14. Exam Essentials for Incident Management

Incident response steps are specifically listed in the CIB as:

  1. Detection
  2. Response
  3. Reporting
  4. Recovery
  5. Remediation and Review

Once an incident is detected, the first response sohould be to limit or contain the scope fo the incident while protecting evidence. Based on governing laws, the incident may need to be reported to official authorities, and if PII is affected, individuals need to be informed. The remediation and review stage includes root cause analysis to determine the cause and recommend a solution to prevent reoccurrence.

Basic preventive measures can prevent many incidents from occurring and they are repeated often. Like keeping systems up-to-date, removing or disabling unneeded protocols and services, using antivirus software, enabling firewalls and using IDSs.

Malicious code is thwarted with a combination of tools. Updated antivirus is the primary tool on each system, at the boundary of the network and on email servers.

Don’t foget about policies enforcing basic security principles such as least privilege to prevent regular users from installing software that may be malicious. Additionally, educating users from installing software that may be malicious. Additionally educating users about the risks and the methods attackers commonly use to spread viruses, helps users understand and avoid dangerous behaviors.

A zero-day exploit is an attack that uses a vulnerability that is either unknown to anyone bu the attacker or known only to a limited group of people. On the surface, it sounds like you can’t protect against an unknown vulnerability, but basic security practices go a long way to preventing zero-day exploits. Removing or disabling unneeded protocols and services reduces the attack surface, enabling firewalls blocks many access points, and using intrusion detection systems helps detect potential attacks. Additionally, using tools such as honeypots and padded cells helps protect live networks.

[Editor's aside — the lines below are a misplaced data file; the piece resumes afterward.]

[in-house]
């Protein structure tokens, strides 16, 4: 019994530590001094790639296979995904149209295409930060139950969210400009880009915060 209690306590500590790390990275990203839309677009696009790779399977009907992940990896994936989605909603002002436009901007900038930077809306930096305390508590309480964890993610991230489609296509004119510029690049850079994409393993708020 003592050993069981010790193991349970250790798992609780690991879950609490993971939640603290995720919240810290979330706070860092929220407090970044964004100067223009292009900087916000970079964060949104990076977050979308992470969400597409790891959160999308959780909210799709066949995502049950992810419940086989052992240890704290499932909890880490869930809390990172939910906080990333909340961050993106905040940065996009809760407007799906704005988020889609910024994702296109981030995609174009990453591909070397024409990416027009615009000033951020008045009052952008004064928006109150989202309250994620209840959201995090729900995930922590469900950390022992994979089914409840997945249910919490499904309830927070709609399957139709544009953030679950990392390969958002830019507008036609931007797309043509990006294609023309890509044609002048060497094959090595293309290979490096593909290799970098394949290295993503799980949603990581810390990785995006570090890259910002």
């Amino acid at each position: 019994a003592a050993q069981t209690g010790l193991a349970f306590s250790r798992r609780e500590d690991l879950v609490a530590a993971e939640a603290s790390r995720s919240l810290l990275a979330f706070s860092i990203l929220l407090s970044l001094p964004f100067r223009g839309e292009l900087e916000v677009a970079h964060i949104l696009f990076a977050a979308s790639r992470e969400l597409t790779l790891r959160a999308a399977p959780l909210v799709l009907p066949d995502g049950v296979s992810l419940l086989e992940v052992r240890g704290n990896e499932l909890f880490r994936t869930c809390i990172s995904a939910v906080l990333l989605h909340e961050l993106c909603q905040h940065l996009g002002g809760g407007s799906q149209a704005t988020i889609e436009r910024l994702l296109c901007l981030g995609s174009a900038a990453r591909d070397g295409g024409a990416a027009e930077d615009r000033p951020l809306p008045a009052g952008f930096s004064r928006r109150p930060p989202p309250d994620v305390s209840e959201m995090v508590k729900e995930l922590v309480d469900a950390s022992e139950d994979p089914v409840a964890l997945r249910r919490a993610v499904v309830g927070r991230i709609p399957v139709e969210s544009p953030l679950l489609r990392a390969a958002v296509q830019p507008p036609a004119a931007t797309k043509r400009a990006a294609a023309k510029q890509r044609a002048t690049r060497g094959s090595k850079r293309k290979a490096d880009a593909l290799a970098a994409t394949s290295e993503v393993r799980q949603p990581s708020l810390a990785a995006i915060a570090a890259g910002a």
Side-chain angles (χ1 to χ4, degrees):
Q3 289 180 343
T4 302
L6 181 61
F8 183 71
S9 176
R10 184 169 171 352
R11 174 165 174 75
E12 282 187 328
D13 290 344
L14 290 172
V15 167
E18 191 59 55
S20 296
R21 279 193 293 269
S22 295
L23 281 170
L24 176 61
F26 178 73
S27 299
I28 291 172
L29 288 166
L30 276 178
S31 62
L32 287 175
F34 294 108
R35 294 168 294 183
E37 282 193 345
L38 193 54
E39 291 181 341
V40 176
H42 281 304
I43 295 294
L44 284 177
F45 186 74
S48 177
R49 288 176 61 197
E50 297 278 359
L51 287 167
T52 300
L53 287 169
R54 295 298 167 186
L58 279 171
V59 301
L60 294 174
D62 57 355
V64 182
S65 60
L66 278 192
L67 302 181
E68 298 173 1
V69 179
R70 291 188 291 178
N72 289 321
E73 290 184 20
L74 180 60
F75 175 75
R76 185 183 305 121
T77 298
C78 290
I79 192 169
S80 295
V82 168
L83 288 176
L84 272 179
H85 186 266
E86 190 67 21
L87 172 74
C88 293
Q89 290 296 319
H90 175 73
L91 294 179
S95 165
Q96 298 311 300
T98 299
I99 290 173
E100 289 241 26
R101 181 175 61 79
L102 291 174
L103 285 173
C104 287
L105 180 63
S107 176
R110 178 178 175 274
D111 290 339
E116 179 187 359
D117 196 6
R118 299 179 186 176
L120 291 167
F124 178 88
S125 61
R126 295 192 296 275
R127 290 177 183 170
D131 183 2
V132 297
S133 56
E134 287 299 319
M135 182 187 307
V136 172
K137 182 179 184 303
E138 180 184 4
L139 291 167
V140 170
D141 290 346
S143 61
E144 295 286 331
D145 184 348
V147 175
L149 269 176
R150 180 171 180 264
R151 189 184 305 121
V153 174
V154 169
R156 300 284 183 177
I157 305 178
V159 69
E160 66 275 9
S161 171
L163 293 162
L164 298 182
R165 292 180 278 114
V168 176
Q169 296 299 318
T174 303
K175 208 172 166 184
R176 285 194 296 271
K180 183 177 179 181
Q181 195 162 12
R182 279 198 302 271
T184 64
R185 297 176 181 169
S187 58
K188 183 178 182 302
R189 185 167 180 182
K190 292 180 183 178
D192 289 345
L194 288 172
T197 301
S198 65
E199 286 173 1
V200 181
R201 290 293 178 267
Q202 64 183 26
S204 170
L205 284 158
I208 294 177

DoS attacks prevent a system from responding to legitimate requests for service. A common DoS attack still used is the SYN flood attack, which disrupts the TCP three-way handshake. Even though older attacks are not as common today because basic precautions block them, you may still be tested on them because many newer attacks are often variations on older methods. Smurf attacks employ an amplification network to send numerous response packets to a victim. Ping-of-death attacks send numerous oversized ping packets to the victim, causing the victim to freeze, crash, or reboot.

Botnets represent significant threats due to the massive number of computers that can launch attacks, so it’s important to know what they are.

A botnet is a collection of compromised PCs organized in a network controlled by a criminal known as a bot herder. Bot herders use a command and control server to remotely control the zombies and often use the botnet to launch attacks on other systems or send spam or phishing emails. Bot herders also rent botnet access out to other criminals.

A man in the middle attack occurs when a malicious user is able to gain a position between the two endpoints of a communications link. While it takes a significant amount of sophistication on the part of an attacker to complete a man in the middle attack, the amount of data obtained from the attack can be significant.

Malicious insiders can perform sabotage against an organization if they become disgruntled for some reason. Espionage is when a competitor tries to steal information, and they may use an internal employee. Basic security principles and immediately disabling accounts for terminated employees limit the damage from these employees.

IDSs and IPSs are important detective and preventive measures against attacks.

Knowledge based using a database. Behavior based using a baseline to create a normal.

An IDS can respond passively by logging and sending notifications, or actively by changing the environment. Some people refer to an active IDS as an IPS, but its important to recognize that an IPS is placed in line with the traffic and includes the ability to block malicious traffic before it reaches the target.